Harassment of Particular
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the three-year period from mid-2006 to mid-2009, national, provincial or local
governments harassed or attempted to intimidate religious groups in 142 of the
198 countries or territories included in this study (72%). Harassment of
religious groups by individuals or groups in society was even more widespread,
occurring in 153 countries (77%).
and intimidation take many forms, including physical assaults, arrests and
detentions, the desecration of holy sites and discrimination against religious
groups in employment, education or housing. Harassment and intimidation also
include such things as verbal assaults on members of one religious group by
other groups or individuals in society.24
section of the report looks at the harassment and attempted intimidation of
particular religious groups. It is based on specific, publicly reported acts
motivated by religious hatred or bias. It is important to note, however, that
these data do not measure the severity of the harassment or intimidation, so it
is not possible to say whether one religious group is harassed to a greater or
lesser extent than other religious or ethnic minorities.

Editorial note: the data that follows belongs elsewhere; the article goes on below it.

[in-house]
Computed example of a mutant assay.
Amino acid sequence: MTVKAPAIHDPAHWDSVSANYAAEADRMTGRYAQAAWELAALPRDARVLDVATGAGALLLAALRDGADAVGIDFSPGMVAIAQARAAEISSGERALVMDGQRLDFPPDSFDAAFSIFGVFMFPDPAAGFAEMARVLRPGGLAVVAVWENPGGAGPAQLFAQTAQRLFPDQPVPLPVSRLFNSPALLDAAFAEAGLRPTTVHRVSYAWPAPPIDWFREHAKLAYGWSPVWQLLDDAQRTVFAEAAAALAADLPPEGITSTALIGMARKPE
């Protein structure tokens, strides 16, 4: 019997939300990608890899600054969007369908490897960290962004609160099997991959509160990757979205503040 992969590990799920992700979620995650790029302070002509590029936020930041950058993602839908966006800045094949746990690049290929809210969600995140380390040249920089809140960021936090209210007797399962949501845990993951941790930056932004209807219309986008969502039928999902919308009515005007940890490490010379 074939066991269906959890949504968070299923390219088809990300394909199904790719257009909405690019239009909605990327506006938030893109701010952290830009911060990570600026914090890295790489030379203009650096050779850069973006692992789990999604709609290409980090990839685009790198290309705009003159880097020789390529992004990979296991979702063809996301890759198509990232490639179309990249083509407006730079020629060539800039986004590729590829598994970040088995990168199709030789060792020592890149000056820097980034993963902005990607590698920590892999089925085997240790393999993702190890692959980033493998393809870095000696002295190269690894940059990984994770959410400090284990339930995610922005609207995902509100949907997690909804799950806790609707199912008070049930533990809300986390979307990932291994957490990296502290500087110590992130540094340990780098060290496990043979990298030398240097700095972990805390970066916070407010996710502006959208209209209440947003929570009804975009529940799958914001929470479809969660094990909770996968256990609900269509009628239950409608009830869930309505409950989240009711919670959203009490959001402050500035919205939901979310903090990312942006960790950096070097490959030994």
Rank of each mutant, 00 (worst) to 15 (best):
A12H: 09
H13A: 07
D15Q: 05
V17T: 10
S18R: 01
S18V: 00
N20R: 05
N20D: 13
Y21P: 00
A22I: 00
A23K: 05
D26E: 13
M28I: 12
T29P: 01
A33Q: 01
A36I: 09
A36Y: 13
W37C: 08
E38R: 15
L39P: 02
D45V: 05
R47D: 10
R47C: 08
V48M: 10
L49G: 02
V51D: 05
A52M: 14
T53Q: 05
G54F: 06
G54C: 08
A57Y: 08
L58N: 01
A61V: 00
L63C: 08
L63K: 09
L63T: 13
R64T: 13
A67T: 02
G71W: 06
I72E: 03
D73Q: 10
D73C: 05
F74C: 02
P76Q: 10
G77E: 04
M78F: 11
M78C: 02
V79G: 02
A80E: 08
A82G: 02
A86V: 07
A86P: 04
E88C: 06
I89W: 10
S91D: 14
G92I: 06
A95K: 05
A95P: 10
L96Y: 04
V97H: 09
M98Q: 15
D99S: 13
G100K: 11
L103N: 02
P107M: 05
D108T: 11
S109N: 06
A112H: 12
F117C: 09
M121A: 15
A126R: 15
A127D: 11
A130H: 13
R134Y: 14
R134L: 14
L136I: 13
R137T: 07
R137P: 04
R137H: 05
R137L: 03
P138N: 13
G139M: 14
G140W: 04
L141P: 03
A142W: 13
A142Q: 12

of the world’s two largest religious groups, Christians and Muslims, who
together comprise more than half of the global population, were harassed or
intimidated in the largest number of countries.25 Over the three-year period studied, governmental or
social harassment of Christians was reported in a total of 130 countries (66%),
while harassment targeting Muslims was reported in 117 countries (59%).
Buddhists and Hindus – who together account for roughly one-fifth of the
world’s population – faced harassment or intimidation in fewer places;
harassment of Hindus was reported in 27 countries (14%) and harassment of
Buddhists in 16 (8%).
proportion to their numbers, some smaller religious groups faced especially
widespread hostility. Although Jews comprise less than 1% of the world’s
population, government or social harassment of Jews was reported in 75
countries (38%). Members of other world religions – including Sikhs, ancient
faiths such as Zoroastrianism, newer faith groups such as Rastafarians and
groups that practice tribal or folk religions – were harassed in 84 countries
religious groups were more likely to be harassed by governments, while others
were more likely to be harassed by individuals or groups in society. Muslims,
for example, were harassed by government officials or organizations in 100
countries (51%) and by social groups or individuals in 84 countries (42%).
Jews, on the other hand, experienced social harassment in many more countries
than they faced government harassment. Harassment of Jews by individuals or
groups was reported in 71 countries (36%), while government harassment of Jews
was reported in 28 countries (14%).
experienced governmental and social harassment in about the same number of
countries; they were harassed by government officials or organizations in 104
countries (53%) and faced social harassment in 100 countries (51%).
Regional Patterns in the Harassment of Religious Groups